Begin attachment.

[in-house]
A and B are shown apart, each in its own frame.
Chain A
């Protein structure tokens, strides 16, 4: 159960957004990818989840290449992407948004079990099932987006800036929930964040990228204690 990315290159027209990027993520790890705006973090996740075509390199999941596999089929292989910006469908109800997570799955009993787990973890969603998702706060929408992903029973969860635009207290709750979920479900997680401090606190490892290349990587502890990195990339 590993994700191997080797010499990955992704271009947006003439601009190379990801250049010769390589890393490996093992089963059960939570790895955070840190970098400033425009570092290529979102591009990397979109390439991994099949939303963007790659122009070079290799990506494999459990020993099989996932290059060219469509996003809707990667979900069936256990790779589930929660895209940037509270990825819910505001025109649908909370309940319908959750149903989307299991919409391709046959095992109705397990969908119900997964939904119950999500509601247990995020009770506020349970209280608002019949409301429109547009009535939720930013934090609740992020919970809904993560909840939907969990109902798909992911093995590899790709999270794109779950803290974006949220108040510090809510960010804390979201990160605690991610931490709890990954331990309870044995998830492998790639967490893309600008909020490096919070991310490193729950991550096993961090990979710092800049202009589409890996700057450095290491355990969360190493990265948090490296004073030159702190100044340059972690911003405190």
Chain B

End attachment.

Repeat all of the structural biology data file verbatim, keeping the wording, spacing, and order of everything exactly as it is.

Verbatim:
[in-house]
A and B are shown apart, each in its own frame.
Chain A
């Protein structure tokens, strides 16, 4: 159960957004990818989840290449992407948004079990099932987006800036929930964040990228204690 990315290159027209990027993520790890705006973090996740075509390199999941596999089929292989910006469908109800997570799955009993787990973890969603998702706060929408992903029973969860635009207290709750979920479900997680401090606190490892290349990587502890990195990339 590993994700191997080797010499990955992704271009947006003439601009190379990801250049010769390589890393490996093992089963059960939570790895955070840190970098400033425009570092290529979102591009990397979109390439991994099949939303963007790659122009070079290799990506494999459990020993099989996932290059060219469509996003809707990667979900069936256990790779589930929660895209940037509270990825819910505001025109649908909370309940319908959750149903989307299991919409391709046959095992109705397990969908119900997964939904119950999500509601247990995020009770506020349970209280608002019949409301429109547009009535939720930013934090609740992020919970809904993560909840939907969990109902798909992911093995590899790709999270794109779950803290974006949220108040510090809510960010804390979201990160605690991610931490709890990954331990309870044995998830492998790639967490893309600008909020490096919070991310490193729950991550096993961090990979710092800049202009589409890996700057450095290491355990969360190493990265948090490296004073030159702190100044340059972690911003405190």
Chain B